WORLD IN BRIEF: Suicide bomber in ambulance kills 7 in Iraq

Suicide bomber in ambulance kills 7 in Iraq

BAGHDAD — A suicide bomber driving an ambulance blasted a police compound northeast of Baghdad on Wednesday, killing at least seven people in the second major attack against Iraq’s security forces in as many days.

The blast in the eastern city of Baqouba occurred one day after a suicide bomber killed 65 people in a crowd of police recruits in Saddam Hussein’s hometown of Tikrit. The attacks shattered the relative calm following last month’s formation of a new government by Prime Minister Nouri al-Maliki.

Although violence has dropped sharply since the highpoint of the war three years ago, the country is still plagued by smallscale attacks that have kept the country on edge and raised doubts about the capabilities of the security forces as American troops prepare to withdraw at the end of this year.

Berlusconi never touched her, teen says

MILAN — Silvio Berlusconi and the Moroccan teenager at the center of an underage prostitution probe targeting the Italian premier both denied any sexual contact in separate comments Wednesday.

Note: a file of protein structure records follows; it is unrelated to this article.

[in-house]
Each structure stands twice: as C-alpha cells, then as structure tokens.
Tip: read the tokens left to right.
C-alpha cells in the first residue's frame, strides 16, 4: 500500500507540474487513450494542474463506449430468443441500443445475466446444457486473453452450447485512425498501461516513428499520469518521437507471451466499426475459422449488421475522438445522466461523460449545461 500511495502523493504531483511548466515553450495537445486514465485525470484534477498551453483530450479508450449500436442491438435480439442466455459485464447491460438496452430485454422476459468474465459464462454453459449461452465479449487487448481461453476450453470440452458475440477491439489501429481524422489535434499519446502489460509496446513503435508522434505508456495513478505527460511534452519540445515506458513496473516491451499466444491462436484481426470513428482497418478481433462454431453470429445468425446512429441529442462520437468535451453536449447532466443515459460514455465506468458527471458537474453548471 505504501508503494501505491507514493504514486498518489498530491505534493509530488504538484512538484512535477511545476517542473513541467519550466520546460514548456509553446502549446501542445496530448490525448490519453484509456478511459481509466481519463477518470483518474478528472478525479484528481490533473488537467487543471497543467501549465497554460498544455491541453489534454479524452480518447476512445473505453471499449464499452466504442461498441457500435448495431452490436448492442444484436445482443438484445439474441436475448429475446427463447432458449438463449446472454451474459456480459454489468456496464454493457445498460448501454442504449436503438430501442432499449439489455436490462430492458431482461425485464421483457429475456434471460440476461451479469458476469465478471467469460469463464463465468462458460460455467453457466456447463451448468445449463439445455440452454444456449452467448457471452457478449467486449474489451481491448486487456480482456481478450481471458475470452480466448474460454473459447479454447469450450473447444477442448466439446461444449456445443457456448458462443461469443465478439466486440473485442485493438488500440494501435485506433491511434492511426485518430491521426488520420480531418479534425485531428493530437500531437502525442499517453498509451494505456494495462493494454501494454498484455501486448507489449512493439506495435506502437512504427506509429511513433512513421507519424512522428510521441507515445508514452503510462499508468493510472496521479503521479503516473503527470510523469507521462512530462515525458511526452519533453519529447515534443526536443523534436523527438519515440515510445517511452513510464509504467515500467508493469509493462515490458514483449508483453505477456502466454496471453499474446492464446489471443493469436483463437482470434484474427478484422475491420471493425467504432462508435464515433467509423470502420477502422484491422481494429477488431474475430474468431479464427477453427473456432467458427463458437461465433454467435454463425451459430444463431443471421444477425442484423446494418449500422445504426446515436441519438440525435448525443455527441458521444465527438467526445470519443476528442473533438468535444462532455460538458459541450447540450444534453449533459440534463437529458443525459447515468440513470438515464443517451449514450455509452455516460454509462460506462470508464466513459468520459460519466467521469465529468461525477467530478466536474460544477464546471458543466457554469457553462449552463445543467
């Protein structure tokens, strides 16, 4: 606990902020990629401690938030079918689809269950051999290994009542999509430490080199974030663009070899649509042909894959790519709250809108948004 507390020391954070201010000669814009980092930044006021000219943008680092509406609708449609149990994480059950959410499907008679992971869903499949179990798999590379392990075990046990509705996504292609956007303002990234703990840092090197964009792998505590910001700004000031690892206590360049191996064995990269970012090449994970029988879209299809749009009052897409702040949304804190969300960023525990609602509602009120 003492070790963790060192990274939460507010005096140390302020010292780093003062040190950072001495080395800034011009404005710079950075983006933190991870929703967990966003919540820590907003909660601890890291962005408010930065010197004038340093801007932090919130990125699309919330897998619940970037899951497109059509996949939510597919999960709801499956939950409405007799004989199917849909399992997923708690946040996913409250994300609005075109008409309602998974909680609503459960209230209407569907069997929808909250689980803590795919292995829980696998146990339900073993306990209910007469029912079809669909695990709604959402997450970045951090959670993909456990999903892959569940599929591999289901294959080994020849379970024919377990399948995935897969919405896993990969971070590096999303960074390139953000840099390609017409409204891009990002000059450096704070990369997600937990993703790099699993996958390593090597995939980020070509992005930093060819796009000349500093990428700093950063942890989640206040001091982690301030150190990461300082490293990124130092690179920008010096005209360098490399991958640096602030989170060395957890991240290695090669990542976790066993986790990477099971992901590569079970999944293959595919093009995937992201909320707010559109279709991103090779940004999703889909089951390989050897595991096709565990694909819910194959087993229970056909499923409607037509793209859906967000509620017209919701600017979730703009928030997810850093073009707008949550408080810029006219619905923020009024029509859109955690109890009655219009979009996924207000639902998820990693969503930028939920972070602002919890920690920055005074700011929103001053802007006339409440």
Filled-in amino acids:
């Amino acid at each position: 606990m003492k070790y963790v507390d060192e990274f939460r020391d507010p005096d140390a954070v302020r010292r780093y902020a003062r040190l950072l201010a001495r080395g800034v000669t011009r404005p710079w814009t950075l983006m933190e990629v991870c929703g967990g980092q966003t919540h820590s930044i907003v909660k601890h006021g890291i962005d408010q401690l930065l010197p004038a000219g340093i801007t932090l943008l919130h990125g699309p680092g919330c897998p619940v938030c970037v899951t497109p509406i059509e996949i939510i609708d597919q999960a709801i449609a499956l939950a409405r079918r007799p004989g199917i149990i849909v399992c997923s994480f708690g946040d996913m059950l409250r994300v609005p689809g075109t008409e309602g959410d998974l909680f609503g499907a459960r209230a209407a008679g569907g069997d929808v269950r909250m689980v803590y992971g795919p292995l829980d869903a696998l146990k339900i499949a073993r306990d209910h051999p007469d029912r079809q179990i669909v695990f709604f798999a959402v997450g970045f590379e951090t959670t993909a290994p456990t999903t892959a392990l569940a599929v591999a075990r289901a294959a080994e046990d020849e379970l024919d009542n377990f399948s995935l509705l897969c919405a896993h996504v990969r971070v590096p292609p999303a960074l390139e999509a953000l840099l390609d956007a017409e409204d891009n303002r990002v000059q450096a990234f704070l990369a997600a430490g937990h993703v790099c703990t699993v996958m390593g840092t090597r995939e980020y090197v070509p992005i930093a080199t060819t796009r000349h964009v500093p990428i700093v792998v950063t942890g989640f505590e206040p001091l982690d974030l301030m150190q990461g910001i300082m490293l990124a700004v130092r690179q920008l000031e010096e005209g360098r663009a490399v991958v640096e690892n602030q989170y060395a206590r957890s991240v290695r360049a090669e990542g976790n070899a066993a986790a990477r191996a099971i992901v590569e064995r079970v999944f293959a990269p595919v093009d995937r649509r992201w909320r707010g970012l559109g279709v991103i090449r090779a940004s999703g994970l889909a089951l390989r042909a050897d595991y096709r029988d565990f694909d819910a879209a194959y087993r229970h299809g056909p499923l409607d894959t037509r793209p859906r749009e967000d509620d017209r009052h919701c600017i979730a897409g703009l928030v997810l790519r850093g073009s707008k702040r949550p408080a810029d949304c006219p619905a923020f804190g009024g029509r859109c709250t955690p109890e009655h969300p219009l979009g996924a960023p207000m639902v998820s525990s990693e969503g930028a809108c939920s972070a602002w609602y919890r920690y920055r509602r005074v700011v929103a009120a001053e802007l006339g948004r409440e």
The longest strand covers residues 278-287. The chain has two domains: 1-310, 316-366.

Berlusconi taped a video message — the second time in a few days — to defend himself from the probe by Milan prosecutors into his encounters with the teenager, nicknamed Ruby Rubacuori (Ruby the Heart-Stealer).

The 74-year-old leader charged that the prosecutors used methods worthy of a Mafia criminal and said he would not respond to a summons by the prosecutors this weekend because he does not want to give credence to an investigation he called illegitimate and politically driven.

Prosecutors allege Berlusconi paid for sex with the girl, then a minor, and used his office to cover it up.

Afghan writer sprayed in the face with acid

KABUL, Afghanistan — An unknown assailant sprayed acid in the face of a prominent Afghan journalist and author, apparently in retaliation for his politically charged writing, the victim and officials said Wednesday.

Razaq Mamoon was not critically injured, but his face was splotchy with red and black patches as he spoke to an Afghan television station from his hospital bed in the capital.